Prior to their removal in 1830s, the traditional foods of the Muscogee (Creek) Nation in the Mississippi River valley were corn, pumpkin, wild game, beans and fruits. In Oklahoma where the Muscogee people now live, they still plant corn and other foods that were introduced to them in Oklahoma. “Prior to removal, our people ate pork,” says Rita Williams, Mvskoke Food Sovereignty Initiative education and policy coordinator. “They had hogs that ran wild and were probably brought over by the Spaniards. Today, in our Creek homes, we still eat pork.” She says several traditional foods, such as sweet potatoes and sour corn bread, are still part of the cooking tradition of the Muscogee (Creek) Nation and include:
Sofke: a drink based on a type of hominy corn. Lye—a juice fermented from the ashes of black jack or post oak—gives this drink its characteristic taste.
Abuske: poached field corn is pounded or ground very fine and mixed with water.
Blue dumplings: masa and warm water, colored with bluing—dried purple-hull pea shells roasted until the hulls are reduced to a blue powder.
Grape dumplings: wild possum grapes are harvested in the fall, boiled to remove the seeds, and kept in a jar for cooking. When preparing blue dumplings, this juice is boiled again, the dumplings and a little sugar are added, and the mixture is cooked some more.
Svkonepke soup: Sofke corn is ground, boiled and then either pork, chicken, or squirrel meat is added.
Fried pumpkin: Called “Indian pumpkin,” this tan pumpkin is coated with sugar, then cooked over a fire until it caramelizes.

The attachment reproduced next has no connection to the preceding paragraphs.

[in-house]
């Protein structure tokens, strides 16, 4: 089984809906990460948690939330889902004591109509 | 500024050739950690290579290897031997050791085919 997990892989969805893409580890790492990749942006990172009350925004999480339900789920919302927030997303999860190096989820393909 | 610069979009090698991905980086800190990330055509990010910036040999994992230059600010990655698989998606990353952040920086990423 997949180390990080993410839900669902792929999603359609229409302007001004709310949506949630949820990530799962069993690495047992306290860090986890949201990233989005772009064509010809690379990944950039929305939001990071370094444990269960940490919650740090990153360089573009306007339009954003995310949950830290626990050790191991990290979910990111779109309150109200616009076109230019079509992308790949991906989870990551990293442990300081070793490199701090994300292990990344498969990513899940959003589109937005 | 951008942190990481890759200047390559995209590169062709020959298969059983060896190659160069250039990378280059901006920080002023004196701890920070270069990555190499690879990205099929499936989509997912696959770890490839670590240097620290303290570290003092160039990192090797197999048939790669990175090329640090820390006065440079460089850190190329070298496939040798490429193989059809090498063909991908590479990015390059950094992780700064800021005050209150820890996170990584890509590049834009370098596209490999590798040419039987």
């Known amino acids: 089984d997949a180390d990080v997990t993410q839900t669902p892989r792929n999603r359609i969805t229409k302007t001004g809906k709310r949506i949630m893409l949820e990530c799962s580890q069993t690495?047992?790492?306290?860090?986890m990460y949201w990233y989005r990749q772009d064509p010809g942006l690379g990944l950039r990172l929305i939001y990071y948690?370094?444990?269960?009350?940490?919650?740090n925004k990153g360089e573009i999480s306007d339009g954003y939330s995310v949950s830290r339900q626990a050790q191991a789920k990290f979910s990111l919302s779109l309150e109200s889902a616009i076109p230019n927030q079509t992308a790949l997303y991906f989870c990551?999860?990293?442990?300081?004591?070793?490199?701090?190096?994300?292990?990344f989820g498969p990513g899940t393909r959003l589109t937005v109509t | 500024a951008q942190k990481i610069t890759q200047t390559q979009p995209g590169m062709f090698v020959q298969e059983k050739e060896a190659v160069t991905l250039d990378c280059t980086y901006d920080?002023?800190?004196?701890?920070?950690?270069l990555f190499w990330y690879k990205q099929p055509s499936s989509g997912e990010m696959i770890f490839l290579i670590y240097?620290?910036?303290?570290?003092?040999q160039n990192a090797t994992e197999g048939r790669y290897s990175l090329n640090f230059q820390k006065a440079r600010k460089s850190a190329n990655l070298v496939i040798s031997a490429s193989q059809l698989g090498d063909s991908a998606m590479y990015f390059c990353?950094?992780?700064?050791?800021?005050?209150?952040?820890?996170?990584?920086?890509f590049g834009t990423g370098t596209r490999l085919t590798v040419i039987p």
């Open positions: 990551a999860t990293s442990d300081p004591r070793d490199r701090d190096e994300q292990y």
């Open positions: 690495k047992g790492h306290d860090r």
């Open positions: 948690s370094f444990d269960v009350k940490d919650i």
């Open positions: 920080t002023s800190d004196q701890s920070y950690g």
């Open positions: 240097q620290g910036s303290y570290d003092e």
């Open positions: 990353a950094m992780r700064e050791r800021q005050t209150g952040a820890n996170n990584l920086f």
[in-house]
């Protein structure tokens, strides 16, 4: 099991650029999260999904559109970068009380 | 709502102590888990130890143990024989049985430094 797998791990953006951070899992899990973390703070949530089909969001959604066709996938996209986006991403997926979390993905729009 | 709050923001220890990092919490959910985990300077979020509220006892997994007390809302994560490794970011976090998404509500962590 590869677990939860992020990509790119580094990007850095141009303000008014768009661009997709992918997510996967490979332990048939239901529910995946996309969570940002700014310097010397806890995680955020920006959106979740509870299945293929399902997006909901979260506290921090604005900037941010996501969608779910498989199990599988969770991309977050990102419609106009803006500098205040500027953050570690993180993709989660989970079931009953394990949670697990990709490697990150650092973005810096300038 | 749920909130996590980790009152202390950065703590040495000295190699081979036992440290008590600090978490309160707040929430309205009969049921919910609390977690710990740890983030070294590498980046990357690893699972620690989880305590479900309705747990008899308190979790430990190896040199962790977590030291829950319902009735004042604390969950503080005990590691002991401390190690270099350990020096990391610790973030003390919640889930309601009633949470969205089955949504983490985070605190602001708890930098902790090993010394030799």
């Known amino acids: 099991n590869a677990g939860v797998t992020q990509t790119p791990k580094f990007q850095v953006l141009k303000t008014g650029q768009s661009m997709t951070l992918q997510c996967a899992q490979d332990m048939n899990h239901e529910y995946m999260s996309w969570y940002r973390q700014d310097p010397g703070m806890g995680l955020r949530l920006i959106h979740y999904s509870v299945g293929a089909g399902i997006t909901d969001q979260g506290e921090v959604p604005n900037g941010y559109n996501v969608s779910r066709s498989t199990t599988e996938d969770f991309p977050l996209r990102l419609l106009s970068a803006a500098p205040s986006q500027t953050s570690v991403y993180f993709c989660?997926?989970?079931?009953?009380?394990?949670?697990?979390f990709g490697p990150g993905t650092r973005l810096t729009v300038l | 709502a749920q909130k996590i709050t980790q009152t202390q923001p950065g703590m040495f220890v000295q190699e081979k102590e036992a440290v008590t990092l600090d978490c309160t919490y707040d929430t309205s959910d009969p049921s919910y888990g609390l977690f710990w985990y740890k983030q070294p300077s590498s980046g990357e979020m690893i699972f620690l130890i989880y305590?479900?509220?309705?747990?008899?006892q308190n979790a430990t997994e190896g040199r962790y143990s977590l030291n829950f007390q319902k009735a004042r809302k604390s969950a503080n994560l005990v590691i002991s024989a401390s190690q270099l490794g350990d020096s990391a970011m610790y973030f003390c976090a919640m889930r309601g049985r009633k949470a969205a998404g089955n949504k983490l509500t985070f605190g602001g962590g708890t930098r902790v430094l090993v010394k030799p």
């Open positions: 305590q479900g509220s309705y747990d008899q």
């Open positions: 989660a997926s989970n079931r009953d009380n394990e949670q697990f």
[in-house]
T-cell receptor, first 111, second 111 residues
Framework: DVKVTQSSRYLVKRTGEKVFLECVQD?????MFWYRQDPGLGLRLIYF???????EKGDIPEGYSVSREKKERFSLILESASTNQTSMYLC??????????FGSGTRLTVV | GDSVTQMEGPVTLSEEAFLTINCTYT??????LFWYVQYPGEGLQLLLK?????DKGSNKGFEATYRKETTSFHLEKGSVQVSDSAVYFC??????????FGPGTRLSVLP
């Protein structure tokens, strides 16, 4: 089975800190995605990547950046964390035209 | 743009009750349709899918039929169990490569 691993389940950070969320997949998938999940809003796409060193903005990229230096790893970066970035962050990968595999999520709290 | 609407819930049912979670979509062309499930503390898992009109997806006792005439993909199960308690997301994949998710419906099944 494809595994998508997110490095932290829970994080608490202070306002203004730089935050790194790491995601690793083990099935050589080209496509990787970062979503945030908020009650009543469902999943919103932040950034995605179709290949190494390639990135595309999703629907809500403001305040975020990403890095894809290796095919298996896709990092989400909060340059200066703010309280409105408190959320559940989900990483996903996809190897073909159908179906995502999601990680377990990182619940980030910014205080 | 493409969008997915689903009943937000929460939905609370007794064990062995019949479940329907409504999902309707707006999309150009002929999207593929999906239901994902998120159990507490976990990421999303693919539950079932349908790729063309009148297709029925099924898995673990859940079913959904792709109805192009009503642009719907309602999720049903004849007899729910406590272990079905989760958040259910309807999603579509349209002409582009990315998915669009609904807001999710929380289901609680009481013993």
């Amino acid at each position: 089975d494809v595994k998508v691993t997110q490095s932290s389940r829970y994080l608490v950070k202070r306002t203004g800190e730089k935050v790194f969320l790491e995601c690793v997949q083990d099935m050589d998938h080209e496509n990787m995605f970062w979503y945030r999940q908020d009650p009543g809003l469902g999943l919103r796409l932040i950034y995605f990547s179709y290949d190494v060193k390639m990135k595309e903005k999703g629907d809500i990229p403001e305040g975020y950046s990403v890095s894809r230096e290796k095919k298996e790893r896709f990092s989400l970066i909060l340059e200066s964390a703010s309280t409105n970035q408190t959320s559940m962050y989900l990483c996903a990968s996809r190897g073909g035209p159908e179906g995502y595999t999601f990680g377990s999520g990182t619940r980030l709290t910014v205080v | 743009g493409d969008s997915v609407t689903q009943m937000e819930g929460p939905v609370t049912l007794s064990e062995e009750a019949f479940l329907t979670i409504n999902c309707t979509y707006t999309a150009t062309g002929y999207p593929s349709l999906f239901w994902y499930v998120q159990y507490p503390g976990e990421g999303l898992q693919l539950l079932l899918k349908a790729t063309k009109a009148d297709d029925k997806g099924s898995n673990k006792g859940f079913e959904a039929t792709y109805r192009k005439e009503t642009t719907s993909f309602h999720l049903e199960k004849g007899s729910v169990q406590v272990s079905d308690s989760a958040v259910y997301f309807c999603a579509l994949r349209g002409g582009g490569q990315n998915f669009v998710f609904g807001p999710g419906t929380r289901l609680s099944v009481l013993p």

For 10,000 years, Tohono O’odham traditional foods were cultivated, harvested, and hunted in the Sonoran desert. That self-sufficiency ended abruptly in the 20th century, leaving the Tohono O’odham entirely food dependent. The Tohono O’odham Community Action (TOCA), a 15-year-old community-based nonprofit in Arizona, has been working to re-establish Tohono O’odham farming traditions and increase access to healthy native foods in the community. TOCA’s youth group, Young O’odham United Through Health, shares the knowledge of elders with young people and future leaders. TOCA’s “New Generation of O’odham Farmers” program trains native farmers. In 2009, the Desert Rain Café opened and serves at least one traditional food in each item on the menu. TOCA also provides traditional foods for all K-12 students in the school lunch program at the Indian Oasis-Baboquivari Unified School District.
Traditionally cultivated, seasonally harvested and hunted foods include:
• Tepary beans (brown and white)
• O’odham squash
• Cholla buds
• Cacti fruit (prickly pear and saguaro)
• Ground mesquite bean flour